Urbana | IL | USA | Posted: 2:15 AM on 01.22.15
->> The real answer depends on your business model, the services your operation provides and whether you view your images as a commodity or an asset. If you are not pursuing additional licensing opportunities and the images captured will satisfy the client's needs/expectations, it doesn't make sense to stay for the entire event. However, if you are aggressively marketing your archives and using your assets to generate additional revenue streams then I would not hesitate to stay the entire game providing the deadline allowed it.
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Chris Peterson, Photographer, Photo Editor
Columbia Falls | MT | USA | Posted: 5:57 PM on 01.22.15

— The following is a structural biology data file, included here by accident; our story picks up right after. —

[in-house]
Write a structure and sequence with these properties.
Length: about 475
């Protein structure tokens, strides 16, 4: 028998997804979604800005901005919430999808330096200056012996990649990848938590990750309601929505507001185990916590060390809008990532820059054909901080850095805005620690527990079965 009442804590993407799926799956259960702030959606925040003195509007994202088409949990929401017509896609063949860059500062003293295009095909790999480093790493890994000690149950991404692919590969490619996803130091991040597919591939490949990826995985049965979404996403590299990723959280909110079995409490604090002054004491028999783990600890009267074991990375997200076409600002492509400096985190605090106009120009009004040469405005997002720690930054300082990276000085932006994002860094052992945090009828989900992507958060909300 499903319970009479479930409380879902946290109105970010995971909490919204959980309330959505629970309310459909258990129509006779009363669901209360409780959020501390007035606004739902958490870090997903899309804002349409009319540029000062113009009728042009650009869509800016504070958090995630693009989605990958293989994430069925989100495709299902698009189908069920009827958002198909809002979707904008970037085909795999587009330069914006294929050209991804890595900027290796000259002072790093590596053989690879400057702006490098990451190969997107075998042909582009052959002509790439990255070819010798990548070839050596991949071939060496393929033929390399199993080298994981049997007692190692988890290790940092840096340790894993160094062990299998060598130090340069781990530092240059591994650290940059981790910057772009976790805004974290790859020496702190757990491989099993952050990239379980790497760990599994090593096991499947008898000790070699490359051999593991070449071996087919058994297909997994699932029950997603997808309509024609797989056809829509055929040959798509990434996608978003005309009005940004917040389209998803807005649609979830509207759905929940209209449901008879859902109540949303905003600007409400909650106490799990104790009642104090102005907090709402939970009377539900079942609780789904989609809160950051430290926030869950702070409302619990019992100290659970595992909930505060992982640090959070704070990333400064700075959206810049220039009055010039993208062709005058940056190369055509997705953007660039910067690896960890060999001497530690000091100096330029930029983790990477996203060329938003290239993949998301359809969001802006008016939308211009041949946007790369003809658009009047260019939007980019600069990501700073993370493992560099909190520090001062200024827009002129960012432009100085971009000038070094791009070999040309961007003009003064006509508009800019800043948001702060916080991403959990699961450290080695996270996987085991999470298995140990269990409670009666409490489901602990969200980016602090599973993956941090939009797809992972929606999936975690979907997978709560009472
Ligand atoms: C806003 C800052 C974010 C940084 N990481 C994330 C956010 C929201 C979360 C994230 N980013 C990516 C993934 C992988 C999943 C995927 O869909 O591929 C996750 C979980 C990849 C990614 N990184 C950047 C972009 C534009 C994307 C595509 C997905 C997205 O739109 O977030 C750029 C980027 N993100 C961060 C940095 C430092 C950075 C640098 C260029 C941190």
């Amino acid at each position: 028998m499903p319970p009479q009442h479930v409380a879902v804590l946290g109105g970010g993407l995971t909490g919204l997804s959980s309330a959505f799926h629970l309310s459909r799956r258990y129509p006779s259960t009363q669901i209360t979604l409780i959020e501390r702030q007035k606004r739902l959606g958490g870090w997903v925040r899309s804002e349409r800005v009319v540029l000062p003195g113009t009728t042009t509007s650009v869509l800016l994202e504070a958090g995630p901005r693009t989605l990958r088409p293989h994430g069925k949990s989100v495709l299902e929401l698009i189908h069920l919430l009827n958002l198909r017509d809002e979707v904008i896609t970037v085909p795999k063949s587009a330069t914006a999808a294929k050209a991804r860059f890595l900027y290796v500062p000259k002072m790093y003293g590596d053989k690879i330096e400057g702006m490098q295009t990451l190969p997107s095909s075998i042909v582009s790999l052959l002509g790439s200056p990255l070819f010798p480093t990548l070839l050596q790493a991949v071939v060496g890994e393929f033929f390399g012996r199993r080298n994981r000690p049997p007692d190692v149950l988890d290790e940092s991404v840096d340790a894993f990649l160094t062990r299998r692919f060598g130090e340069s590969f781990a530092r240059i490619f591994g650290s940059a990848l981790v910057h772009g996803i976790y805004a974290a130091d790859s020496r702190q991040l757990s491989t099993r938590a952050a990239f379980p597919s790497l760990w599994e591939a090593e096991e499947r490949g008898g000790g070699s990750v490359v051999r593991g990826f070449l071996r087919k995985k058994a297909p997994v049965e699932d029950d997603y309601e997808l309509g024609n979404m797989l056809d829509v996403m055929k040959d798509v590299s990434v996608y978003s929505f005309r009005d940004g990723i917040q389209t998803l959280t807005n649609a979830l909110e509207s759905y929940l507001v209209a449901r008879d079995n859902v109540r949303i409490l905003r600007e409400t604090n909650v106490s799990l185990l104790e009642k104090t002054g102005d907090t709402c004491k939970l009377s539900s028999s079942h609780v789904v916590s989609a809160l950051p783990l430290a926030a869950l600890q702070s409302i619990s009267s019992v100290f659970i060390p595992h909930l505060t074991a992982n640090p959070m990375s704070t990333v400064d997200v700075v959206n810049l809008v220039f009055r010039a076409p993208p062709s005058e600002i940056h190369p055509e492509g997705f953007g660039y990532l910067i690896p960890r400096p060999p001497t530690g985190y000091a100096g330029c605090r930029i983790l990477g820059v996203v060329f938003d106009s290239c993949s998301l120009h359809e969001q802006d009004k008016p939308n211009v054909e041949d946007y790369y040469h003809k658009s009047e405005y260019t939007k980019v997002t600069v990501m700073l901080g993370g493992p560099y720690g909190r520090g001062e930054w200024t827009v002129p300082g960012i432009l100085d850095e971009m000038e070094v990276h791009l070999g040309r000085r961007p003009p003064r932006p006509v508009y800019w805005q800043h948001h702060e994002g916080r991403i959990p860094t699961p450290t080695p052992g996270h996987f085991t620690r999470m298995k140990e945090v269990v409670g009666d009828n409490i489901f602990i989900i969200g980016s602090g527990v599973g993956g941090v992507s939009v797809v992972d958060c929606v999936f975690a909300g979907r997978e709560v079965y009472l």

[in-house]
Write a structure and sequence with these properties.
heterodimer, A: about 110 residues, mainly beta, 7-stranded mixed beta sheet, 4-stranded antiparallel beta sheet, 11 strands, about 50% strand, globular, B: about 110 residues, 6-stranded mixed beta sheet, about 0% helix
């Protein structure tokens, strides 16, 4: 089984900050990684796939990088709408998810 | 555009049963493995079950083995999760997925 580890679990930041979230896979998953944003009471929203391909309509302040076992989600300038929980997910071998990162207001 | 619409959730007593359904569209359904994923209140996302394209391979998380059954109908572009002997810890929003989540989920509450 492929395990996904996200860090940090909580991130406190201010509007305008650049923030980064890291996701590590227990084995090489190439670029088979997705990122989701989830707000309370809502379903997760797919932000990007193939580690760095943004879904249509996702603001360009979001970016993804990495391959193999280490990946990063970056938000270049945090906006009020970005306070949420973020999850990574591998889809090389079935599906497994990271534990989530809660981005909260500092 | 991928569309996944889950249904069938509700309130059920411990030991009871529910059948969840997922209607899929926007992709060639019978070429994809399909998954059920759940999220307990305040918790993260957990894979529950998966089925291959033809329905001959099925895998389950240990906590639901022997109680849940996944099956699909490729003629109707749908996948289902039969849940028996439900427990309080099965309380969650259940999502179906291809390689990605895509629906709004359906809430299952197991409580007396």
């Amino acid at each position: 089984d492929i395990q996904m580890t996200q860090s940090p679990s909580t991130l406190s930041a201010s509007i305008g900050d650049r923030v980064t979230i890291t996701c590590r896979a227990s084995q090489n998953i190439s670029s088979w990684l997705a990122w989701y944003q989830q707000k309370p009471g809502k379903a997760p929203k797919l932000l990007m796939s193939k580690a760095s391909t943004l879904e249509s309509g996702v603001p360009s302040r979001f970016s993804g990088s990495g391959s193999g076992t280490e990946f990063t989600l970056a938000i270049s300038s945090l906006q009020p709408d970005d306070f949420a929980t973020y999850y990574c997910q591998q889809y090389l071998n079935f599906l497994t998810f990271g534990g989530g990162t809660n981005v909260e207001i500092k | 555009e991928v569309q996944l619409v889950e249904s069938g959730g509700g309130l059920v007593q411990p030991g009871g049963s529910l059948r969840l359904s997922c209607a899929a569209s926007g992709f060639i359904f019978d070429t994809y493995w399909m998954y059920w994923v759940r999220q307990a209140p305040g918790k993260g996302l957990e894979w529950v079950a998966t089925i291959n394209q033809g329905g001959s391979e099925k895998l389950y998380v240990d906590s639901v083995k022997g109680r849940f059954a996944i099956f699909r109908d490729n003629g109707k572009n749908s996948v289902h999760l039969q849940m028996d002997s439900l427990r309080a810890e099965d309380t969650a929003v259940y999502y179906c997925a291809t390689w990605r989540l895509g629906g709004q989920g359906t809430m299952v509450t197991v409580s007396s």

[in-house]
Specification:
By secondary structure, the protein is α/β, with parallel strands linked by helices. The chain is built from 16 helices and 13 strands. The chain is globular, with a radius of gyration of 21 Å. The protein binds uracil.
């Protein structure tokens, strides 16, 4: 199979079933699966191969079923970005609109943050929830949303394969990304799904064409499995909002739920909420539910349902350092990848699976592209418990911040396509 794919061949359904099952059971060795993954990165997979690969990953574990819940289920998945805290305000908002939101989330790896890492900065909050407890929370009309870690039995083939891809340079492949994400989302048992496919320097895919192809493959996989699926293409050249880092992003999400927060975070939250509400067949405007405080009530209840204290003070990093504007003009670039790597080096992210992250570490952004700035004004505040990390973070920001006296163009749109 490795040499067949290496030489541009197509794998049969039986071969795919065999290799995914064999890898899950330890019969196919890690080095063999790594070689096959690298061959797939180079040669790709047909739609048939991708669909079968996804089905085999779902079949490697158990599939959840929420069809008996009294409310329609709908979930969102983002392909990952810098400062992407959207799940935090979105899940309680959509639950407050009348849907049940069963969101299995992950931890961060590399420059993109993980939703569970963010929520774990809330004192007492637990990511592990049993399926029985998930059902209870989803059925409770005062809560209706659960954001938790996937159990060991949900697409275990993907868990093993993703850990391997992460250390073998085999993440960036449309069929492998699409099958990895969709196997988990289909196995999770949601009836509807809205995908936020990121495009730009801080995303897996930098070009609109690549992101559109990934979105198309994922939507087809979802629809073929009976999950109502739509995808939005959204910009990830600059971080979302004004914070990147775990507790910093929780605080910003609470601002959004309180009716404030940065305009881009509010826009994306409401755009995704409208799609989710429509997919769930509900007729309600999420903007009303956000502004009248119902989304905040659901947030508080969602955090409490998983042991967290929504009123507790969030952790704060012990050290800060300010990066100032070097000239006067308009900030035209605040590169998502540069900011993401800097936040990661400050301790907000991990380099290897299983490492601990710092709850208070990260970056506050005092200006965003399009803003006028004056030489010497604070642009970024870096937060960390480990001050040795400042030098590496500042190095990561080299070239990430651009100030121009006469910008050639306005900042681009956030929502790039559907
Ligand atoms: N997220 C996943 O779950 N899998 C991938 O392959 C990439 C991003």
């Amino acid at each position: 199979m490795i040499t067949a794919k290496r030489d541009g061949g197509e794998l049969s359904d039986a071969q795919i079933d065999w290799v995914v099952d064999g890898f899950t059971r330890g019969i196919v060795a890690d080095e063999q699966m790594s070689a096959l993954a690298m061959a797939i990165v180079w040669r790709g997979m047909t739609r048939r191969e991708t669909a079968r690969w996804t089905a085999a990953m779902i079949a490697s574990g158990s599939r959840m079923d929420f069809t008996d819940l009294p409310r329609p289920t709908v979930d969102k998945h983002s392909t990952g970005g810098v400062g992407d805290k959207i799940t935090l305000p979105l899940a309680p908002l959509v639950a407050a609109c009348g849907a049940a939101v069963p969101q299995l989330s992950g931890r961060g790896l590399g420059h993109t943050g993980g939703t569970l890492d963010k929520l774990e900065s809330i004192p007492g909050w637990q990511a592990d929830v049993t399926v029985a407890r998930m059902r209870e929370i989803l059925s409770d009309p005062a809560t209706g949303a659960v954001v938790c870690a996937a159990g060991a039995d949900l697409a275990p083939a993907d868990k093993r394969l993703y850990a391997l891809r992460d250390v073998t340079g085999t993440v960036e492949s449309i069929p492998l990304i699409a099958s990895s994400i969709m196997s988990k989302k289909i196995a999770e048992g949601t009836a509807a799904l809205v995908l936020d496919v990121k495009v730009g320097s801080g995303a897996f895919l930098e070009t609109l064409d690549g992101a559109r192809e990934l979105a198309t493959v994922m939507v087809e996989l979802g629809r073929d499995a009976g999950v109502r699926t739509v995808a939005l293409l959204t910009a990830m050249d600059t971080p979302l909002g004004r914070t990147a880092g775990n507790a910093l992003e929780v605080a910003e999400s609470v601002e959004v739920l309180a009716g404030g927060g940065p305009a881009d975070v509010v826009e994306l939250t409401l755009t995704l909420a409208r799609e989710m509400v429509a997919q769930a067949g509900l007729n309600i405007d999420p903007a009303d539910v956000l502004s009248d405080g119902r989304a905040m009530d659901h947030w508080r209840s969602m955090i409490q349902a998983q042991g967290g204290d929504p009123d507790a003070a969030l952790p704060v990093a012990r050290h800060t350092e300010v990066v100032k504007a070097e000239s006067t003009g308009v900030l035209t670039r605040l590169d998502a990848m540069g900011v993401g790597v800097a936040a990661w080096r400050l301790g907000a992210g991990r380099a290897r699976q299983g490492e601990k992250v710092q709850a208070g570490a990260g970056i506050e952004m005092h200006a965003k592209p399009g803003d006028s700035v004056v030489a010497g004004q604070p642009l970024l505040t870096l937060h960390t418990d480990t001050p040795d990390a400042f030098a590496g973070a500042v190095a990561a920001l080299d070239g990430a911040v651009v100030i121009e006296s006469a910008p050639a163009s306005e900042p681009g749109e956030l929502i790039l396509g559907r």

->> Depends entirely on my schedule and the game at hand. Probably not staying until the bitter end of a blowout, but a rivalry or playoff game gets covered from stem to stern. Gotta catch that jube or tears at the end, right? That's where the page 1 stuff is...
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Doug Thompson, Photographer
Floyd | VA | | Posted: 4:25 PM on 01.24.15
->> A lot depends on scores at halftimes. I find getting more last-minutes assignments to fill the gaps when available staff shooters run short, especially in playoffs or tourneys. I shoot mostly school athletic events over a widespread area and travel becomes a factor on scheduling.
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Sam Morris, Photographer
Las Vegas | NV | USA | Posted: 2:41 AM on 01.25.15
->> I can't imagine not shooting the whole game, or any assignment for that matter. And you never leave before the competition leaves. You never know what you are going to get, and you never know what might happen. I'm not criticizing Chris Peterson, but even a blowout can produce a good image at the bitter end. Not often, but you never know.